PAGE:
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Are Progressives Depressed or Too Privileged to Produce Social Change? Or Are We Just Failing to Organize Effectively?

Real change seems almost impossible. What are we doing wrong?

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After all, most of us who have jobs in the nonprofit sector, in progressive media and philanthropy are well paid, or at least decently paid. Almost all of us have health care, and very likely dental and vision, and even extra goodies. With some notable exceptions there has not been widespread job loss in the nonprofit sector. People with college degrees in general are doing much better than the population at large.

AlterNet writer Adele Stan tackled this class disparity in " Shocking: High School Grads Twice As Likely To Be Jobless Than College Grads – and Right-Wingers are Profiting From Their Pain," underscoring the fact that college graduates in general fare much better in economic downturns and are therefore often unaware of the pain suffered by those without degrees.

It could be argued that many of us in the idea, media and funding industries live, operate and succeed in a bubble. We mostly interact with peers who are also well educated -- many at the best colleges -- and often have graduate degrees. Many of us boomers are incredibly privileged, even in comparison to our younger, well-educated brethren, because the cost of being educated and credentialed was so much cheaper 30 years ago. And of course many in our sector come from upper-middle-class families to begin with.

I know this scenario doesn't apply across the board, not even close. There are many people working in the trenches, battling tough issues, working with the poor, who are not privileged by any stretch of the imagination. But there is a major class gap in the nonprofit, media, philanthropic sector, and it may be having a significant impact when we wonder why change is so difficult. What is the solution to this possible dilemma? There is no easy answer. But thinking about it and reflecting on our lifestyles, our privilege, and how we spend and redistribute our hard-earned cash is certainly a place to start.

The three pieces by Levine and Leopold follow in order of the most recent -- Levine's response to Leopold's critique of Levine's original article. If this is a new discussion for you, and you want to start from the beginning, scroll down until you get to Levine's original piece. Assuming this back and forth provokes comments and varying opinions, we will produce a followup article with the thoughts and ideas from readers.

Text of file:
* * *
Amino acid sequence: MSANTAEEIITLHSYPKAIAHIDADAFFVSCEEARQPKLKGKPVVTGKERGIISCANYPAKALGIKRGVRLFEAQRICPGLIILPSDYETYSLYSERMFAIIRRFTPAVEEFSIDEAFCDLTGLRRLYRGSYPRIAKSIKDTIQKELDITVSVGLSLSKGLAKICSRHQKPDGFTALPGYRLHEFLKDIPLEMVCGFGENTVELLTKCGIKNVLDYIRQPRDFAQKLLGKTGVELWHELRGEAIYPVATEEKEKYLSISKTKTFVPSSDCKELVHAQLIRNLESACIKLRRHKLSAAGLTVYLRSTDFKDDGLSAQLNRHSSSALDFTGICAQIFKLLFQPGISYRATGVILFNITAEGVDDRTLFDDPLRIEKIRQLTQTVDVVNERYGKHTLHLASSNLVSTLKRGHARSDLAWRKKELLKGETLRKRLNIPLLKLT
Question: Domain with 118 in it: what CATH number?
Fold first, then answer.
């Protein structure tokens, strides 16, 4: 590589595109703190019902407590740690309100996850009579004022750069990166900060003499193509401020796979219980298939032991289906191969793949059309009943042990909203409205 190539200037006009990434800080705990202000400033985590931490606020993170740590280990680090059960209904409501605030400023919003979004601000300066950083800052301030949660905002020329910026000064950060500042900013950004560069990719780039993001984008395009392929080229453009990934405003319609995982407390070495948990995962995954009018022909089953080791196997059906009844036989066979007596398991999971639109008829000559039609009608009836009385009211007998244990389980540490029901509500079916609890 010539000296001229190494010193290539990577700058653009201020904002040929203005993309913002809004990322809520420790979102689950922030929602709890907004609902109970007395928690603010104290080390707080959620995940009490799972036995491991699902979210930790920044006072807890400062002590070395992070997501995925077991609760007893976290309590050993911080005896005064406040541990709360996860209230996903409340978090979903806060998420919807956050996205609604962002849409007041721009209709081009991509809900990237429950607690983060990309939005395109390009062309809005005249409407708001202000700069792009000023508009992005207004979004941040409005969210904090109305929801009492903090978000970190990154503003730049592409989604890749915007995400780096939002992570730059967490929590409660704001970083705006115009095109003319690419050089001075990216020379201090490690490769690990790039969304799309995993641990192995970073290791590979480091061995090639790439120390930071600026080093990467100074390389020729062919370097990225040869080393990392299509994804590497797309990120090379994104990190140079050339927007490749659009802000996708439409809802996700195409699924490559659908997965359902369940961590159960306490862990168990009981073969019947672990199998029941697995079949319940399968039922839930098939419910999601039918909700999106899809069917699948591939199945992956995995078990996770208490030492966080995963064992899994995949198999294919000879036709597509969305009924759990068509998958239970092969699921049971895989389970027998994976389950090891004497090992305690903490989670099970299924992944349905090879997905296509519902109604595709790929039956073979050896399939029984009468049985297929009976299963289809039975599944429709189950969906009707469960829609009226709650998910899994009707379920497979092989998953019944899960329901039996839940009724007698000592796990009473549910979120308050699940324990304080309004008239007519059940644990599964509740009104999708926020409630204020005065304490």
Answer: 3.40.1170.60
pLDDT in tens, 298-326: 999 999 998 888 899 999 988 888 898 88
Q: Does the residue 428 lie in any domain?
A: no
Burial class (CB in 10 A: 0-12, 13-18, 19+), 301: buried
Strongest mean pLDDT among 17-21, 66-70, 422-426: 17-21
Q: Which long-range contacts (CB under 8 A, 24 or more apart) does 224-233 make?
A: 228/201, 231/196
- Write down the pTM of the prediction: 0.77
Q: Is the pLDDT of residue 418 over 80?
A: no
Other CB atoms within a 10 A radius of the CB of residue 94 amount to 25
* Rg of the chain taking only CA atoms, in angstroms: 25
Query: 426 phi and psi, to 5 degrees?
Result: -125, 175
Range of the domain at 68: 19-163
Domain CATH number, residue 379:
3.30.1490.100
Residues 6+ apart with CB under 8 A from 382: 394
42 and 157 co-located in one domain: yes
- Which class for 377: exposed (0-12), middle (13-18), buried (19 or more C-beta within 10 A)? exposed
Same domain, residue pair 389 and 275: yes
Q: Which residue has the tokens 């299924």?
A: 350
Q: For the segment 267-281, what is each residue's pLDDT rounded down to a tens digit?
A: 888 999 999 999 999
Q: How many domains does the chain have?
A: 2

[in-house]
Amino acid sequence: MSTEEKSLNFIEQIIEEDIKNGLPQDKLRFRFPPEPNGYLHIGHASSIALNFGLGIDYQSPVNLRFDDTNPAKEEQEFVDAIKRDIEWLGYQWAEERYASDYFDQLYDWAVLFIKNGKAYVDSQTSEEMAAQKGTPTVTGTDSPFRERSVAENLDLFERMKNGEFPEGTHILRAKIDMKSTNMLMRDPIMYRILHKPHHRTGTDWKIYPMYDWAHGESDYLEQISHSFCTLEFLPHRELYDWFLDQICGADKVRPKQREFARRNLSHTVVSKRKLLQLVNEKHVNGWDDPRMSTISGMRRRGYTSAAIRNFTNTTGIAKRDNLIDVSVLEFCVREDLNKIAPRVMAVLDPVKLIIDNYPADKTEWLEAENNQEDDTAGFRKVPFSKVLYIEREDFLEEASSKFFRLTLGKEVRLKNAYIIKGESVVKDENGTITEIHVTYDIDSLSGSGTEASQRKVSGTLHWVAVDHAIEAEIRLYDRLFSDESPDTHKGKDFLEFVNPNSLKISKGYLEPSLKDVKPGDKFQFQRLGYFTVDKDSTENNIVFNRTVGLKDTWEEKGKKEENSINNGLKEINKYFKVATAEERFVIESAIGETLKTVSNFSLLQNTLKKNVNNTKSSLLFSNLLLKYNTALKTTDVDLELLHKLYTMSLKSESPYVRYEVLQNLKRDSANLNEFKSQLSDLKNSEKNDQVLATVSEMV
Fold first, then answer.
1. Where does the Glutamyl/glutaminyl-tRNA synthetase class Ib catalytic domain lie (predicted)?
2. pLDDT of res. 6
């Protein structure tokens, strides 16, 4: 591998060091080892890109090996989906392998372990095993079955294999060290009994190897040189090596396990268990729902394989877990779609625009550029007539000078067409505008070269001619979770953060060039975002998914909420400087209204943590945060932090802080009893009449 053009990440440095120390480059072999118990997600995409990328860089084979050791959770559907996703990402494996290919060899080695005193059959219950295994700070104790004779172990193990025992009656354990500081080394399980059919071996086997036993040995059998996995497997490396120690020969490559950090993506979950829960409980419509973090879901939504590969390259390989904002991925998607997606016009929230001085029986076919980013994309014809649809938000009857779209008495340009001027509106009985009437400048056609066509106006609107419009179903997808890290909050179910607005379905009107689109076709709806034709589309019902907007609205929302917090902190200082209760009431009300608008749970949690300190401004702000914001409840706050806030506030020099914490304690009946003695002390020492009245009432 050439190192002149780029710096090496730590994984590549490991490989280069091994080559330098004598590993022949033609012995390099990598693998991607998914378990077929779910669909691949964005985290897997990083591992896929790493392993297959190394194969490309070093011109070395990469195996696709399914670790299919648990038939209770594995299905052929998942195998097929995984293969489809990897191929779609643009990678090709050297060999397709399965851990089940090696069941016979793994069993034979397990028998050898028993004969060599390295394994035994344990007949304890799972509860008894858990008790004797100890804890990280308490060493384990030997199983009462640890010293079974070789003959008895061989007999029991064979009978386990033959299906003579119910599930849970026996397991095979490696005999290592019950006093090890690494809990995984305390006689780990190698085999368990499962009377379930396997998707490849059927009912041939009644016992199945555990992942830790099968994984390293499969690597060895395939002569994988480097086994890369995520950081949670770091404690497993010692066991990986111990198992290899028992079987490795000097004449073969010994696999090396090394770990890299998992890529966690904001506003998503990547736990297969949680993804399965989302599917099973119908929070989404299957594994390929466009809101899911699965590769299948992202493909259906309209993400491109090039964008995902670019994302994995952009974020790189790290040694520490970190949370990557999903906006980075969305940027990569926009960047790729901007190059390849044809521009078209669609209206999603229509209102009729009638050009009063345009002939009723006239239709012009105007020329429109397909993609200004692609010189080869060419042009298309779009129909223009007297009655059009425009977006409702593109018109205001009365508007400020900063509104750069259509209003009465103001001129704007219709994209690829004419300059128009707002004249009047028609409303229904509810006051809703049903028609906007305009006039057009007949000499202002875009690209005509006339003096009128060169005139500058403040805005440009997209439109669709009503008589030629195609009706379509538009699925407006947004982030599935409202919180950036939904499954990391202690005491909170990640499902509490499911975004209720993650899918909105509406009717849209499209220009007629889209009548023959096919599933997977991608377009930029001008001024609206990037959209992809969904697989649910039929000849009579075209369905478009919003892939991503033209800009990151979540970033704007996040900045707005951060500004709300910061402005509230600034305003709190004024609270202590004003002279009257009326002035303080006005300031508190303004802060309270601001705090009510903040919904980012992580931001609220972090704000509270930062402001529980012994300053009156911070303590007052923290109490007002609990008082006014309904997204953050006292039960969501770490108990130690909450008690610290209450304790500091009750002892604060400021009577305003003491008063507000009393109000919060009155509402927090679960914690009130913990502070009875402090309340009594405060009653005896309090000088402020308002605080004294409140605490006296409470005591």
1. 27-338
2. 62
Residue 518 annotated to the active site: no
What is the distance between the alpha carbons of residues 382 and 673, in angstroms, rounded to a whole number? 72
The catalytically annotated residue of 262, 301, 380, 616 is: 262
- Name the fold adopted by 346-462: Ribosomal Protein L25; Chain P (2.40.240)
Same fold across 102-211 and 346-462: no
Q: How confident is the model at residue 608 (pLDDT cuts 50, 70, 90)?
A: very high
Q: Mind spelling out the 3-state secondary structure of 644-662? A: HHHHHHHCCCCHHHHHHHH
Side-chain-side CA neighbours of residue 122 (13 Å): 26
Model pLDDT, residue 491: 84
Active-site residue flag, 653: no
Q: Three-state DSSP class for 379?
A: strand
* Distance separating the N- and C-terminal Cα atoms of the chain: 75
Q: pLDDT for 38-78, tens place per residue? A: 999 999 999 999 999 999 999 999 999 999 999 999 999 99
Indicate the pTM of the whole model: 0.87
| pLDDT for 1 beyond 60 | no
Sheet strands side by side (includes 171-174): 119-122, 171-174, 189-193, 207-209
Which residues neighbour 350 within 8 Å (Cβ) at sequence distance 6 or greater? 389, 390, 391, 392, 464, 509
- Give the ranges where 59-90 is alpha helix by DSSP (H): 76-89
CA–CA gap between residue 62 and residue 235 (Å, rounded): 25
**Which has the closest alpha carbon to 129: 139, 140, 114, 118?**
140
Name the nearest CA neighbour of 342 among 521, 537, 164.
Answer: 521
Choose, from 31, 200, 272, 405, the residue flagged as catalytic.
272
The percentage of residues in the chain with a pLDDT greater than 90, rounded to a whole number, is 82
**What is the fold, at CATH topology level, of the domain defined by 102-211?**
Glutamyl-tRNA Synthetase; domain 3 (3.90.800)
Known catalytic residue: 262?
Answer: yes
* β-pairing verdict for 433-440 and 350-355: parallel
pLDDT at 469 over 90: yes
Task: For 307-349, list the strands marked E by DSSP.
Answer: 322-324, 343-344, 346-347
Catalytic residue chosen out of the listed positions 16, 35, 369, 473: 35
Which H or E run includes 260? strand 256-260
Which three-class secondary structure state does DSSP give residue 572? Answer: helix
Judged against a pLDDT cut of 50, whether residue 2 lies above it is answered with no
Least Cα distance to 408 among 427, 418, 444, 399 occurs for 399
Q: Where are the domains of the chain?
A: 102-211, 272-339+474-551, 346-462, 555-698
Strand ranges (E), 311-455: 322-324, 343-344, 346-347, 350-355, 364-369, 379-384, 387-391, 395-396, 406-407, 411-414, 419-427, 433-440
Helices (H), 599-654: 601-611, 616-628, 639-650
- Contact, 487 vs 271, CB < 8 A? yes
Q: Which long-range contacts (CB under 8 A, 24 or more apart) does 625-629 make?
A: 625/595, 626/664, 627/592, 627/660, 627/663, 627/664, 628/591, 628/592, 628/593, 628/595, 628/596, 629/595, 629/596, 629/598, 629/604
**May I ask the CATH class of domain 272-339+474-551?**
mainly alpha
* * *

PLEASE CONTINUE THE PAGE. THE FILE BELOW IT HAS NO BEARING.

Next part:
Don Hazen 

BRUCE E. LEVINE: 'A Response to Les Leopold: Comforting the Afflicted, Afflicting the Comfortable '

A friend in the clergy once told me, “I see my job as comforting the afflicted and afflicting the comfortable.” It is my experience that among progressives, there are both the afflicted and the comfortable. At different times in my life, I have been in each group and have found that my level of affliction and comfort affects my exhortations.

The afflicted know they are being screwed but feel that they have no voice, no platform, and that they are powerless to change their powerlessness. They may work at alienating, mindless jobs in order to hold on to their health insurance for the sake of a sick spouse or kid; or they may be hustling three poorly paying jobs to pay college loans, rent and a car payment, and have no time for activism; or they may be unable to find even a poorly paying, mindless, alienating job, and are helplessly watching the tsunamis of foreclosure and bankruptcy close in on them. Afflicted progressives include young people, older people, good people and smart people -- all feeling voiceless and helpless to end their helplessness.

 
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